Im Focus: Perovskite edges can be tuned for optoelectronic performance

Layered 2D material improves efficiency for solar cells and LEDs

In the eternal search for next generation high-efficiency solar cells and LEDs, scientists at Los Alamos National Laboratory and their partners are creating...

Im Focus: Polymer-coated silicon nanosheets as alternative to graphene: A perfect team for nanoelectronics

Silicon nanosheets are thin, two-dimensional layers with exceptional optoelectronic properties very similar to those of graphene. Albeit, the nanosheets are less stable. Now researchers at the Technical University of Munich (TUM) have, for the first time ever, produced a composite material combining silicon nanosheets and a polymer that is both UV-resistant and easy to process. This brings the scientists a significant step closer to industrial applications like flexible displays and photosensors.

Silicon nanosheets are thin, two-dimensional layers with exceptional optoelectronic properties very similar to those of graphene. Albeit, the nanosheets are...

Im Focus: Researchers Imitate Molecular Crowding in Cells

Enzymes behave differently in a test tube compared with the molecular scrum of a living cell. Chemists from the University of Basel have now been able to simulate these confined natural conditions in artificial vesicles for the first time. As reported in the academic journal Small, the results are offering better insight into the development of nanoreactors and artificial organelles.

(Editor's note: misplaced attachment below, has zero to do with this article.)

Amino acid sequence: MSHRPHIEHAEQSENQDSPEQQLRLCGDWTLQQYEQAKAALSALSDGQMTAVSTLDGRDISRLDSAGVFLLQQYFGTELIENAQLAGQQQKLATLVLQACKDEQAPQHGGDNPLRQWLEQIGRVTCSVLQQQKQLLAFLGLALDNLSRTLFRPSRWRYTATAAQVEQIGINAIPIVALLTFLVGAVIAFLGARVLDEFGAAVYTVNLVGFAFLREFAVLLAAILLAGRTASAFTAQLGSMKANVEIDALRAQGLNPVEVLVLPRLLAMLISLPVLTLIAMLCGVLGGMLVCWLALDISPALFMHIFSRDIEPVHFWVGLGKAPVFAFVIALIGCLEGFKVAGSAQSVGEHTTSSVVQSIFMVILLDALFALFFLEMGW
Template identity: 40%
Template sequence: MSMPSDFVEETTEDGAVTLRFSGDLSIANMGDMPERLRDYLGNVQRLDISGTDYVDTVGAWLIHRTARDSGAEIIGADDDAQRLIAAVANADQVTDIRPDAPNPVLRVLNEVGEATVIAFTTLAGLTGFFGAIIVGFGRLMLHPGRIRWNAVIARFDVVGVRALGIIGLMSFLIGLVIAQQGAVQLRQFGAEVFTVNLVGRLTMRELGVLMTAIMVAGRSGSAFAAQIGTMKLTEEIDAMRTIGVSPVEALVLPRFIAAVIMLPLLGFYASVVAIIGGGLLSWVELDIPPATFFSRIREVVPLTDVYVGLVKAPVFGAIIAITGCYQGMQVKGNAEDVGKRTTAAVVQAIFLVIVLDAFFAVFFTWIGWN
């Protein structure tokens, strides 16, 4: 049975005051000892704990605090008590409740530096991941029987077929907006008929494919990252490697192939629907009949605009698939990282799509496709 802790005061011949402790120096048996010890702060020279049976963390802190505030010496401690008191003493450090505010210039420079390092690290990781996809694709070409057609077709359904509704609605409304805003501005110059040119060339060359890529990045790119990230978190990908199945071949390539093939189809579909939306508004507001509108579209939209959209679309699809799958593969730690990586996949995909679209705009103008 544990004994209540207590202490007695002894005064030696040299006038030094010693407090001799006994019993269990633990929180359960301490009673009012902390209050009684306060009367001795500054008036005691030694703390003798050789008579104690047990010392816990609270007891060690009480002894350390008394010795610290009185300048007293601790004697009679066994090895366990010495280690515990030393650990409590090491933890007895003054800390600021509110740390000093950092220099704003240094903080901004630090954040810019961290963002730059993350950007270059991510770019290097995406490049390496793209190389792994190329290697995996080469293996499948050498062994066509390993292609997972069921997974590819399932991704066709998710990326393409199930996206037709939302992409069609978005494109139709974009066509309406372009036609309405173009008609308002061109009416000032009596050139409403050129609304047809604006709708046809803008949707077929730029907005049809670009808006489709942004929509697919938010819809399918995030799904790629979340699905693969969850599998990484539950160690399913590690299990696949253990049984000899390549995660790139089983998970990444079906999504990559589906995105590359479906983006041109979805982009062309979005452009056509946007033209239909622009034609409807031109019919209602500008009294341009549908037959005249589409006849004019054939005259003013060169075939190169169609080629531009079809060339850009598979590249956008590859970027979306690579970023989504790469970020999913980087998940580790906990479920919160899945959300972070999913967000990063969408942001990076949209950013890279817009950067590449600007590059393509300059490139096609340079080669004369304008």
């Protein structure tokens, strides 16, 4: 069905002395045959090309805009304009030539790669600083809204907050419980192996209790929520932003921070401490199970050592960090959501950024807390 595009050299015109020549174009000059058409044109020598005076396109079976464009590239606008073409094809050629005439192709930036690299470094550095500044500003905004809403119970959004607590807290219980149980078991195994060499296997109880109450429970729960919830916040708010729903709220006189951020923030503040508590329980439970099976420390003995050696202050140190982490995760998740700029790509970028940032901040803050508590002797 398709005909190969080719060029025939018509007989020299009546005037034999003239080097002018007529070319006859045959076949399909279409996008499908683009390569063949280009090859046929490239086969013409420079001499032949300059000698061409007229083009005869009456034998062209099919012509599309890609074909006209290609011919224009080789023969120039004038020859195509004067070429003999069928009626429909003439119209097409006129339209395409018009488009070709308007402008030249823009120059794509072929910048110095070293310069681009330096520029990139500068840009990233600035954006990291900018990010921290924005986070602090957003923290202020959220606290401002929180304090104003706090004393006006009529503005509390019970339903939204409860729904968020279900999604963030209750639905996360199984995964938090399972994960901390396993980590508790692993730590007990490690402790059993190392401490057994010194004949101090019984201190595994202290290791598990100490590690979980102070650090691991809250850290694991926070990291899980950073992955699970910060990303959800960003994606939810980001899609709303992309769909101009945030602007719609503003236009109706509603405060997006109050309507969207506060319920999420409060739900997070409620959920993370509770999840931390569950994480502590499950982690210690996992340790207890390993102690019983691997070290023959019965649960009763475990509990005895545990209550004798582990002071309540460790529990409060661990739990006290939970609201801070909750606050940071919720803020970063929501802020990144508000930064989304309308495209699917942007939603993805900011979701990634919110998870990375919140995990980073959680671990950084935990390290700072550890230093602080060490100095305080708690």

Enzymes behave differently in a test tube compared with the molecular scrum of a living cell. Chemists from the University of Basel have now been able to...

All Focus news of the innovation-report >>>

Anzeige

Anzeige

Event News

International Land Use Symposium ILUS 2017: Call for Abstracts and Registration open

20.03.2017 | Event News

CONNECT 2017: International congress on connective tissue

14.03.2017 | Event News

ICTM Conference: Turbine Construction between Big Data and Additive Manufacturing

07.03.2017 | Event News

 
Latest News

Northern oceans pumped CO2 into the atmosphere

27.03.2017 | Earth Sciences

Fingerprint' technique spots frog populations at risk from pollution

27.03.2017 | Life Sciences

Big data approach to predict protein structure

27.03.2017 | Life Sciences

VideoLinks
B2B-VideoLinks
More VideoLinks >>>